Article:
• The law [dol.gov]says over 49 people at one site.
    • Laws don't apply to major campaign contributors and other puppeteers. If they did, half of Wall St. would have traded bespoke suits for orange jumpsuits.

  • Why is IBM throwing people away instead of re-training them?

    FAIL, both morally and strategically.

    • Why is IBM throwing people away instead of re-training them?

      My guess it that they are dumping hardware folks, and hiring software folks.

  • by Anonymous Coward

    I did an internship in college at IBM in the summer of 2001 and it was awesome. But by the time I graduated they weren't hiring at that location anymore. And a couple years later they sold that whole facility to Hitachi (when they decided to get out of the hard-drive business). Looks like they've just kept going downhill since then. I'm kinda glad they didn't give me an offer :)

  • What percentage will be tracked
    back to the affordable health care act
    and by who.

    IBM is a massive company but with wide and
    sometimes conflicting product lines. We will
    have to wait to see what this does.

    Some lay offs with "rich" packages have resulted
    in valuable startups. Time will tell.

  • My company hired IBM for an "assessment" and for "process improvement" - yeah now we are sending IT work offshore - I see where OUR jobs are headed... The same place all these IBM folks are going - to the unemployment line!

  • This isn't what IBM says it's doing...

    "IBM layoffs expected. Instead, IBM adds 500 positions."
    http://www.csmonitor.com/Busin... [csmonitor.com]

    I guess it's time for the yearly Communication Workers of America local 1701 to try to unionize IBM again under the name "Alliance@IBM". Don't they usually wait until March for this same old song and dance? Why's it early this year?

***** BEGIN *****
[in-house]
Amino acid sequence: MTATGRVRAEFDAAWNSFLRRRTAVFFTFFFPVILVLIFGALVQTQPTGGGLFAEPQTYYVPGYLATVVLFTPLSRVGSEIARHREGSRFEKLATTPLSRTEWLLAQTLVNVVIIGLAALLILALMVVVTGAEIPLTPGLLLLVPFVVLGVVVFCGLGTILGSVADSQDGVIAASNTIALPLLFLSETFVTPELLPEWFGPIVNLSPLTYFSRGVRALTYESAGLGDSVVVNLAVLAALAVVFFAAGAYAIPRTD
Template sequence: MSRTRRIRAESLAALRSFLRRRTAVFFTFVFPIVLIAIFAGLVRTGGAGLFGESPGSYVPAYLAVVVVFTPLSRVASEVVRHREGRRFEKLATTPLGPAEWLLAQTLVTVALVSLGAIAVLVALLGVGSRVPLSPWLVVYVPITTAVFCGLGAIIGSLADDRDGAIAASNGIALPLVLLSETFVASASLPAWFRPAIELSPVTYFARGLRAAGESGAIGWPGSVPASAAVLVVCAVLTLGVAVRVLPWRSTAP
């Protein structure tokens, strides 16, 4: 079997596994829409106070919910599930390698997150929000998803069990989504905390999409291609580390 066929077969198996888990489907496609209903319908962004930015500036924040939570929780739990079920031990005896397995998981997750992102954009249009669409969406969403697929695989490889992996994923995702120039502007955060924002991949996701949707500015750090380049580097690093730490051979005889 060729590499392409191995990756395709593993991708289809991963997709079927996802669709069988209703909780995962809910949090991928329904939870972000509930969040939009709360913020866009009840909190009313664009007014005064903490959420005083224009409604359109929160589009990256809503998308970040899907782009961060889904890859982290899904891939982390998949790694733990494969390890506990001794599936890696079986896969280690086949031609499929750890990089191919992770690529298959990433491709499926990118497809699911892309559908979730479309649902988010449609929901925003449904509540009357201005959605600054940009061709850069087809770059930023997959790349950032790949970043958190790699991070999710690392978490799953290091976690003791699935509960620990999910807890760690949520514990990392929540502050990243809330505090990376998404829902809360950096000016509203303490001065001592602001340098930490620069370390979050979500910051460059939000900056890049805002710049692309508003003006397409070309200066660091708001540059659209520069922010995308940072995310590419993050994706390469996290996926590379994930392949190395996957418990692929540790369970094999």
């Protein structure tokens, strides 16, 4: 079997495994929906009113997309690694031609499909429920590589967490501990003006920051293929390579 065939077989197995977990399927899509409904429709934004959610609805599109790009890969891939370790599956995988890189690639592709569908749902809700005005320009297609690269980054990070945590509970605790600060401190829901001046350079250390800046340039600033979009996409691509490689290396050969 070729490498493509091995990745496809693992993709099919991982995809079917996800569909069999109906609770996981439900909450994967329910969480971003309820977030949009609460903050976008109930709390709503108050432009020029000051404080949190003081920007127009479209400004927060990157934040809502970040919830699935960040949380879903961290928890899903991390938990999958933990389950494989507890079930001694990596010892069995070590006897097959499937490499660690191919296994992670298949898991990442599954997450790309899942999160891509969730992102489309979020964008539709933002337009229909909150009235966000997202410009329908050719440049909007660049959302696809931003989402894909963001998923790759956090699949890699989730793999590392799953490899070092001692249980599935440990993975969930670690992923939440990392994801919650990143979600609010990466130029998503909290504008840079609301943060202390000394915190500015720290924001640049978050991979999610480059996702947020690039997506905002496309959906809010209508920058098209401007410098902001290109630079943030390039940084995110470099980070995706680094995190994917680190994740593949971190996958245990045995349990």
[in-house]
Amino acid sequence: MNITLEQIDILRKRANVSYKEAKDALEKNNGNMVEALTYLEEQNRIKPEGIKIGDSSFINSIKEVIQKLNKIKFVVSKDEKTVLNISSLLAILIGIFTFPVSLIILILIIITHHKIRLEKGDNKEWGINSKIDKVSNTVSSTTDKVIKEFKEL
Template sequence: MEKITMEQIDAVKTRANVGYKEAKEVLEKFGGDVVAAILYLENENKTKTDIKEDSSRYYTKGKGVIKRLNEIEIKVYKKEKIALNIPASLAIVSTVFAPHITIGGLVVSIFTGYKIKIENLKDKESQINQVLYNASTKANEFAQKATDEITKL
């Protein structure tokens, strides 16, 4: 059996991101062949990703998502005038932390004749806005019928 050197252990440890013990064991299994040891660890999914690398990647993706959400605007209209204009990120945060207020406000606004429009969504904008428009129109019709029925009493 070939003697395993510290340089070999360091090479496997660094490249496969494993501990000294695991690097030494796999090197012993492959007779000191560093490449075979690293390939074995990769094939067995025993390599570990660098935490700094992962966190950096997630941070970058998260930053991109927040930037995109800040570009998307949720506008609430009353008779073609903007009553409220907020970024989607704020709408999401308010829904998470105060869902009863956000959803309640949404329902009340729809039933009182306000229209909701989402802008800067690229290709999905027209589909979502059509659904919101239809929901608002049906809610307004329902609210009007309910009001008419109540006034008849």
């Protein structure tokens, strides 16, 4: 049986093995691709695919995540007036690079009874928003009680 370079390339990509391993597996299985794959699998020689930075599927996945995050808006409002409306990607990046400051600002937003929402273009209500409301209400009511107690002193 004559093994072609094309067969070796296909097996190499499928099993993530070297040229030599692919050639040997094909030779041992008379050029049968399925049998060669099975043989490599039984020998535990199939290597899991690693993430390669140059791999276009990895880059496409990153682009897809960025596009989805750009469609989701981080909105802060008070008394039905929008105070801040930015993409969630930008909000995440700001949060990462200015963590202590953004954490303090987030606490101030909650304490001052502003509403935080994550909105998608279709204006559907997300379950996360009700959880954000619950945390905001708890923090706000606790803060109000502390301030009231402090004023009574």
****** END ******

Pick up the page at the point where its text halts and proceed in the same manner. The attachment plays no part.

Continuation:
• Just because corporations lie all the time, it doesn't mean they won't stop lying someday ...

    IBM is well known for outsourcing and abusing H1-B and to a lesser extent L1 and L2 visas.

    Mind you, Microsoft is worse.

    • by Alioth (221270)

      My personal experience with IBM says no, they don't abuse L1. I used to work for IBM and went to the US for a while on an L1 visa. I was *more* expensive to IBM than a local worker because they paid a pretty sweet per-diem rate to me for the full duration I was there (in IBM, an international assignment works like this - you still work and are paid by your home country, and it is treated like a very long business trip effectively - so you get an International Service Allowance).

      To give you an idea of how mu

  • by Anonymous Coward on Thursday February 27, 2014 @08:27PM (#46364069)

    Read his latest blog posting on their tailspin:
    http://www.cringely.com/2014/01/23/ibm-sells-intel-server-business-company-doomed/?utm_source=rss&utm_medium=rss&utm_campaign=ibm-sells-intel-server-business-company-doomed

    I got laid off from IBM almost 7 years ago, and my initial reaction was "Free at last!" Luckily I found a good job where I worked before them, and using the tech I learned at IBM. Typically, they sent my job to one of their cheap facilities in Brazil, and expected me to bring those guys up to speed in my last 30 days ... yeah, right.